Charlie Wright Hopeful Traders
What were you doing before you started Hopeful Traders?
By 2015 I had been living in London for almost 3 years and working as a trainee sound engineer for a fairly successful sound studio in Soho. I could have had a stable career there, but I wasn’t finding it fulfilling. I had always been motivated to go and do something charitable and was acutely aware of my privilege. The opportunities had been laid down to me that had not been laid down to other people, so I wanted to share those opportunities, but without just giving someone something, I wanted to do something more enterprising.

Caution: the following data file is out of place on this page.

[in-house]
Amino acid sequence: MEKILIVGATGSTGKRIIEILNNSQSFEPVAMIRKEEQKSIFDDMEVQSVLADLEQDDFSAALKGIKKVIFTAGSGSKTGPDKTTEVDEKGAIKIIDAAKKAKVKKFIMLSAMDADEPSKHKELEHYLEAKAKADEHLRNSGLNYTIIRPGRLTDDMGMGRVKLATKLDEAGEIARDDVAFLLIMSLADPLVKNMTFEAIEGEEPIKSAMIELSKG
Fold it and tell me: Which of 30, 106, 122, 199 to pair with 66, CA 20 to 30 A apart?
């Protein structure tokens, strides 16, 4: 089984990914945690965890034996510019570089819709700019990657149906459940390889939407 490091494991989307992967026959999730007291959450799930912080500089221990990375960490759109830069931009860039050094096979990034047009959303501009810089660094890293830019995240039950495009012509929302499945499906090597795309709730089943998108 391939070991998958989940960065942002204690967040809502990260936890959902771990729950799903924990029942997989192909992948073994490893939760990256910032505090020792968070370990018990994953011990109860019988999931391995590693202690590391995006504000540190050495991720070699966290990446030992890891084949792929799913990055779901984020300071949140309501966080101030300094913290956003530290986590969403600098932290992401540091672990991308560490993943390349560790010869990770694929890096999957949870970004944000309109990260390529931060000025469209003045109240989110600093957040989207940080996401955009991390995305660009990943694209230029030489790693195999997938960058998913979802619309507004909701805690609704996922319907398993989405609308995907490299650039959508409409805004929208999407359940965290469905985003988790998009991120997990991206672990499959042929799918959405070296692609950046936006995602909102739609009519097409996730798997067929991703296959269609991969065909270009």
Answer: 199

What inspired the transition?
Being in Soho you see a lot of homeless people; in London, homelessness just becomes part of the scenery – normal to the extent that people ignore it. I think there is a lot of sympathy out there but people do not necessarily know how to help. People spend a lot of their money on going out and clothes, but I think given the opportunity people would want to buy something that assisted other people.
So how did the idea for Hopeful Traders come about?